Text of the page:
While moving up in trim level typically adds big bucks to the cost of a truck, it also adds the kinds of refinements you’d expect to see in a car. You can spend $2,000 to $3,000 each time you move to a higher trim level, adding more chrome trim, side moldings, fold-away mirrors, air-conditioning, speed control, power door locks and keyless entry.

With all those variations to choose from, you need to think carefully about what you need in a truck. Here’s what’s available this year from the Big Three American automakers.


For 1999, Ford trucks have restyled bumpers, grilles and side molding. The company claims the payload ratings of its pickups outclass those of its competitors. In other words, thanks to an improved suspension, its base two-wheel-drive pickups can carry heavier loads better.

The base engine for the F-150 is the 4.2liter V6 with 205 horsepower. Moving up to the Triton engine adds $750 for the 4.6liter, 240 horsepower V8 and $1,415 for the 5.4-liter, 260 horsepower V8. This year, Ford tweaked the 5.4-liter engine and increased its horsepower 11% and its torque another 5% to provide more getup-and-go in its half-ton vehicles.

Triton engines are part of a new family of modular engines capable of going 100,000 miles without a tune-up. Advanced sealing technology provides the Triton with durability and protection from potential damage caused by dirt and dust. If coolant is lost, the engines have a limp-home feature, which allows the driver to continue driving a short distance to obtain service.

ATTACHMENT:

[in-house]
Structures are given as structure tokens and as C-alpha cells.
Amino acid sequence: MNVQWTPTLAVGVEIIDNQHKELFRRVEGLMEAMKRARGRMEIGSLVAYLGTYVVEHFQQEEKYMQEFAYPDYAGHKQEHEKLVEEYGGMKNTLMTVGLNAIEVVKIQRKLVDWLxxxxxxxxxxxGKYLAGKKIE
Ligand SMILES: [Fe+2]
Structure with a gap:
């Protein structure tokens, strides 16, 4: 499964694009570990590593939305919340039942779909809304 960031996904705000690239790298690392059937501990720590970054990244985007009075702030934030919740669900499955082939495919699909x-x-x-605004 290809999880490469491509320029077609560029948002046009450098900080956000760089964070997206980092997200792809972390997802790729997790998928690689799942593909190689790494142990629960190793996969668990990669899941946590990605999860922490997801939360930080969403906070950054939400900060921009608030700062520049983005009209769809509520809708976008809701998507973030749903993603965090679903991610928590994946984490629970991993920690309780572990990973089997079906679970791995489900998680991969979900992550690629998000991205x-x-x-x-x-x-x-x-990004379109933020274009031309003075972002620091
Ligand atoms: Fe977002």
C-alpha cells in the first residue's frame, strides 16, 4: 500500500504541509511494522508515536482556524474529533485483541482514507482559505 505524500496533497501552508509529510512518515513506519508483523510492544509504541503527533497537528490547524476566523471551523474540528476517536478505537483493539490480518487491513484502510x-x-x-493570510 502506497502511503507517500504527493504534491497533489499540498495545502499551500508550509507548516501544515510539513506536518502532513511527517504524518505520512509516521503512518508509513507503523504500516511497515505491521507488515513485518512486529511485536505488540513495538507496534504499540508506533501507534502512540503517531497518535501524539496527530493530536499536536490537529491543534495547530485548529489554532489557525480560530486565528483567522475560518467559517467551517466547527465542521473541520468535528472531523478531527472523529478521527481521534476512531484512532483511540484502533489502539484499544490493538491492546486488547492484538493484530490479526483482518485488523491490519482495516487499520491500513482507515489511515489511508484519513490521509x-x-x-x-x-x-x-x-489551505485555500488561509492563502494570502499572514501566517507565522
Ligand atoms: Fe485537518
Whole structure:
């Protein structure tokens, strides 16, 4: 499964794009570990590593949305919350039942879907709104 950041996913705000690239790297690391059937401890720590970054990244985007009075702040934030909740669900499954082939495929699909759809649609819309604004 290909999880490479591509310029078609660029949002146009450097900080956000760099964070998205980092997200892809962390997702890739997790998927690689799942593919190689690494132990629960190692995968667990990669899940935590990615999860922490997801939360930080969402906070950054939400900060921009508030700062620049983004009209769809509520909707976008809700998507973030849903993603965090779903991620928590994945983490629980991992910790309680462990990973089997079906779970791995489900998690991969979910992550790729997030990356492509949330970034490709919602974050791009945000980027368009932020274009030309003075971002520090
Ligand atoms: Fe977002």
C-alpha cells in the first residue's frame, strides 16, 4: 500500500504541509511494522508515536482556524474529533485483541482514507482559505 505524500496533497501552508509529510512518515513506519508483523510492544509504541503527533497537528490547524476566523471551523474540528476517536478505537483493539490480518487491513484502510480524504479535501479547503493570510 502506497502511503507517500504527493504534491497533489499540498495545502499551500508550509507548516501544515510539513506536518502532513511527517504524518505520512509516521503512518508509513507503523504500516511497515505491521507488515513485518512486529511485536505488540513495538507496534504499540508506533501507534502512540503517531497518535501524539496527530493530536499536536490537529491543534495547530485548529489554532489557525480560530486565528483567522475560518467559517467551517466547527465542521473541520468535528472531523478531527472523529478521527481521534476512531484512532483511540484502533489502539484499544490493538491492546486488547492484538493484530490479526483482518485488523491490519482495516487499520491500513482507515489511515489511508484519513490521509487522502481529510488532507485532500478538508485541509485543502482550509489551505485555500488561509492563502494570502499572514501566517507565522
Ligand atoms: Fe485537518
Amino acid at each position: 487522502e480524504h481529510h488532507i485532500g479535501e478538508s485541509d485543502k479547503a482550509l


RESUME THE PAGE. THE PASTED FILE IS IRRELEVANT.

Also new for 1999, Ford offers a tonneau cover for its trucks. The soft cover lists for about $200.

General Motors

GM touts its new pickups as bigger, stronger and faster versions of the legendary Chevy truck, with very few carryover parts. Exterior and interior changes make the vehicles more “friendly.”

The suspension, frame, engines, transmissions and brakes were all redesigned in the new models. Much attention was paid to increasing the comfort of rear-seat passengers in the large cab versions of Chevrolet’s new Silverado and GMC’s new Sierra trucks. For example, GM now routes heat to the passengers in the back, and seat belts have been redesigned so they don’t ride up on children’s necks. The trucks’ rear seats now have standard anchoring points for infant seats.

GM’s new V8 engines are reputed to be smoother, more efficient and more powerful than comparable Ford and Dodge V8s. The stronger, stiffer, yet lighter frames in the new pickups offer a quieter ride. And there is very little significant wind noise in the Silverado and Sierra models.


The company that boasts being first off the block with extended-cab full-size pickups with four doors offers them throughout its entire 1999 lineup. “A pickup must be as stylish and passenger-friendly and comfortable as it is capable,” says Jim Julow, general manager of the Dodge division.

Dodge spiffed up the front-end design of its regular-line Ram pickup for a more athletic appearance. The 1999 Rams are also equipped with an express-down driver’s-side window, radio controls mounted on the steering column, and two types of overhead consoles (with and without trip computers). Four-wheel anti-lock brakes are standard on all 3500 models.

Transmission improvements to Dodge’s big Cummings Turbo Diesel have increased the horsepower for manual powertrains by almost 10% (almost 20% for automatics). Torque has been increased by about 5%. And the company raised its fuel economy by about as much.

COPYRIGHT 1999 The Kiplinger Washington Editors, Inc.

COPYRIGHT 2000 Gale Group